Al-Shabab said they had received complaints from Somali farmers that the quantity of the WFP food aid prevented them from selling their own products at a fair price.
And the group also charged some food was past its expiry date and had caused people to fall ill.
Responding to the ban, the WFP insisted its role in Somalia was "impartial and non political".
Its website adds that the food programme is operating in "one of the most dangerous places in the world" and with "the highest humanitarian need for the size of its population".
Last August, the WFP estimated that Somalia was facing its worst humanitarian crisis since the famine of 1991/1992, with half the population [3.64 million people] in need of outside assistance."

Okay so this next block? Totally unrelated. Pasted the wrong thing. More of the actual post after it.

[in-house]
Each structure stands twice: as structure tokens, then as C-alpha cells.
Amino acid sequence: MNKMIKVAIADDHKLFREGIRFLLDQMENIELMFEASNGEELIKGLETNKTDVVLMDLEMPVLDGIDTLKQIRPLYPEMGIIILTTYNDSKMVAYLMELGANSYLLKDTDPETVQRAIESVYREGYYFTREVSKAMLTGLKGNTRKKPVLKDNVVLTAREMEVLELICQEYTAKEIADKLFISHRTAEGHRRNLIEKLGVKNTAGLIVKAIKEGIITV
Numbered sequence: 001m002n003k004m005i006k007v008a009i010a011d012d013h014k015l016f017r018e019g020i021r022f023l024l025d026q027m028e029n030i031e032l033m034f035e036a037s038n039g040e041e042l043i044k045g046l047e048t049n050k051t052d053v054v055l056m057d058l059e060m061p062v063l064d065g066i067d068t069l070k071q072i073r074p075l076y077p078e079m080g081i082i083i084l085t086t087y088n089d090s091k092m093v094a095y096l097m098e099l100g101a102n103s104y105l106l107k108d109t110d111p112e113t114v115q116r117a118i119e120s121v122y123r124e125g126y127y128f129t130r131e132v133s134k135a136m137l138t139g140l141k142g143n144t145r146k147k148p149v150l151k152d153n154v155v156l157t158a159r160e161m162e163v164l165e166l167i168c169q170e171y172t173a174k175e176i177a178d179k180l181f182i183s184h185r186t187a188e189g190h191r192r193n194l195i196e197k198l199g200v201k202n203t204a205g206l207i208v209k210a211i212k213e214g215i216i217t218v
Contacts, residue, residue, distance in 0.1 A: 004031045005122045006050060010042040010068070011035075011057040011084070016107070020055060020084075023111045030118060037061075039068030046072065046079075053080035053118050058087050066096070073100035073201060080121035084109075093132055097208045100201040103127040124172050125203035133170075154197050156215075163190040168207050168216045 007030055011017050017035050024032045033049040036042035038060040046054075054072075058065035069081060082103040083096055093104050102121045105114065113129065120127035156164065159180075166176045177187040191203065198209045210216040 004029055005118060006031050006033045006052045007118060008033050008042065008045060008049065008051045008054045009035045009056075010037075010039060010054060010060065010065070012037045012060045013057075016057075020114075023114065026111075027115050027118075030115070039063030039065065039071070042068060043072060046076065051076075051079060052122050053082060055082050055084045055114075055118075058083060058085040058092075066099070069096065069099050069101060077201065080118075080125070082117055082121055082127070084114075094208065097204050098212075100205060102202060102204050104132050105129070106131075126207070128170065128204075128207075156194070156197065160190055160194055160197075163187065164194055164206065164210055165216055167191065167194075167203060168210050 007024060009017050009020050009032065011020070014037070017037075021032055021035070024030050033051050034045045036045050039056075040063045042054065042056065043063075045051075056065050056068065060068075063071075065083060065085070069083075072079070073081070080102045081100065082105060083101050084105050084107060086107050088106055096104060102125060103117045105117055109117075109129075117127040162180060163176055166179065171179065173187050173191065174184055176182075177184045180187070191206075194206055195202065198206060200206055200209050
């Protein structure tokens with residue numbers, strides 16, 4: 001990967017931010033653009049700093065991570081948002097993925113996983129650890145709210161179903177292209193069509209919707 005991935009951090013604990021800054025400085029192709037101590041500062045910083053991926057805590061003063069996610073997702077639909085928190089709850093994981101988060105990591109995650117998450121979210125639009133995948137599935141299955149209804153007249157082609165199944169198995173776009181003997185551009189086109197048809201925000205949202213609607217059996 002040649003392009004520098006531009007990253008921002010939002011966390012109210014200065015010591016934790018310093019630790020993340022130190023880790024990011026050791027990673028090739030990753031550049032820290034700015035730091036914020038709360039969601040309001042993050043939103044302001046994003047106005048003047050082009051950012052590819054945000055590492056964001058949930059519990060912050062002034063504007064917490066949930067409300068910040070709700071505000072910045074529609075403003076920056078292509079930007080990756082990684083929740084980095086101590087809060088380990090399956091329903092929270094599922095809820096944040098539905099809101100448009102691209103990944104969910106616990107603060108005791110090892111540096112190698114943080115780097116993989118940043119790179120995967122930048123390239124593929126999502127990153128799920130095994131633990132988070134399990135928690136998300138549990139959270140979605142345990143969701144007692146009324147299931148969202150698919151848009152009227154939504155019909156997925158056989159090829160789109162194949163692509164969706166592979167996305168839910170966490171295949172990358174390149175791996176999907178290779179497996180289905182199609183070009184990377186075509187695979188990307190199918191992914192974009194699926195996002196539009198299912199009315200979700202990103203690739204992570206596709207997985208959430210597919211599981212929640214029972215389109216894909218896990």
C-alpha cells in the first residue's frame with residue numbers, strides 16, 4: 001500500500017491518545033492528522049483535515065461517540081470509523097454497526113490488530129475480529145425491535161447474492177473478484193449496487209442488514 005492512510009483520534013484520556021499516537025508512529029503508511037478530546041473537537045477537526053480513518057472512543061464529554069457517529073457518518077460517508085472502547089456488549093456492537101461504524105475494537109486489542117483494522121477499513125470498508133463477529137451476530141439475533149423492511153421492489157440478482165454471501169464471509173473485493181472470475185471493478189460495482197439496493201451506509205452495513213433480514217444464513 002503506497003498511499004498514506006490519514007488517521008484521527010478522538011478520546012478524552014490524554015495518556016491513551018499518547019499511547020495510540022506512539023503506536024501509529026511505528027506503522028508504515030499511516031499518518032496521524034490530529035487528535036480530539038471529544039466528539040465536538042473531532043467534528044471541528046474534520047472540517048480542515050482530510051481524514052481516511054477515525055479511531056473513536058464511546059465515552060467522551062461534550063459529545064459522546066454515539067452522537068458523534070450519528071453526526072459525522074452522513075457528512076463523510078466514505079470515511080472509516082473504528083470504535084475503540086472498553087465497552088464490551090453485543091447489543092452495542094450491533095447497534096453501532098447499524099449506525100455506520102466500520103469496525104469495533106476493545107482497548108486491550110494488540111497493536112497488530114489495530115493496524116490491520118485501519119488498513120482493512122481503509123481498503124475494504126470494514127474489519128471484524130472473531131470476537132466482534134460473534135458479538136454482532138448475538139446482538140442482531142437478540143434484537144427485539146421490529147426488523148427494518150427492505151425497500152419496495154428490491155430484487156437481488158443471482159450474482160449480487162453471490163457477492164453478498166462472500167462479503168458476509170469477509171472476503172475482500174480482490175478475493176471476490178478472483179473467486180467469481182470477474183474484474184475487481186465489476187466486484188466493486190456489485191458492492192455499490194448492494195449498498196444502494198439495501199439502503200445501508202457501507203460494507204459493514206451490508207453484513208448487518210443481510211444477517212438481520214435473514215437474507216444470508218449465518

Nevertheless, in November 2009, the Shabab imposed 11 conditions on UN agencies and non-government groups working in the country, insisting they stay out of Islamic affairs and pay a tax, or jiziya, of at least 20,000 dollars every six months.
The WFP stopped working in southern Somalia in January, announcing it had suspended distribution of food aid after months of attacks and extortion by rebels.
But the UN said the agency hoped to restart work in the area in March or April, adding the suspension was over the post-harvest period when enough food was available.
And the WFP said it would continue to send food aid to 1.8 million Somalians in other parts of the country, including the capital Mogadishu - which is also mostly under Shabab control.
The Shabab has been fighting the government and its African Union allies alongside Hezb al-Islam, a smaller and more political group.
The UN estimates it will need $689 million to provide aid in 2010 to the Somali population, of which 43 per cent live on less than a dollar a day.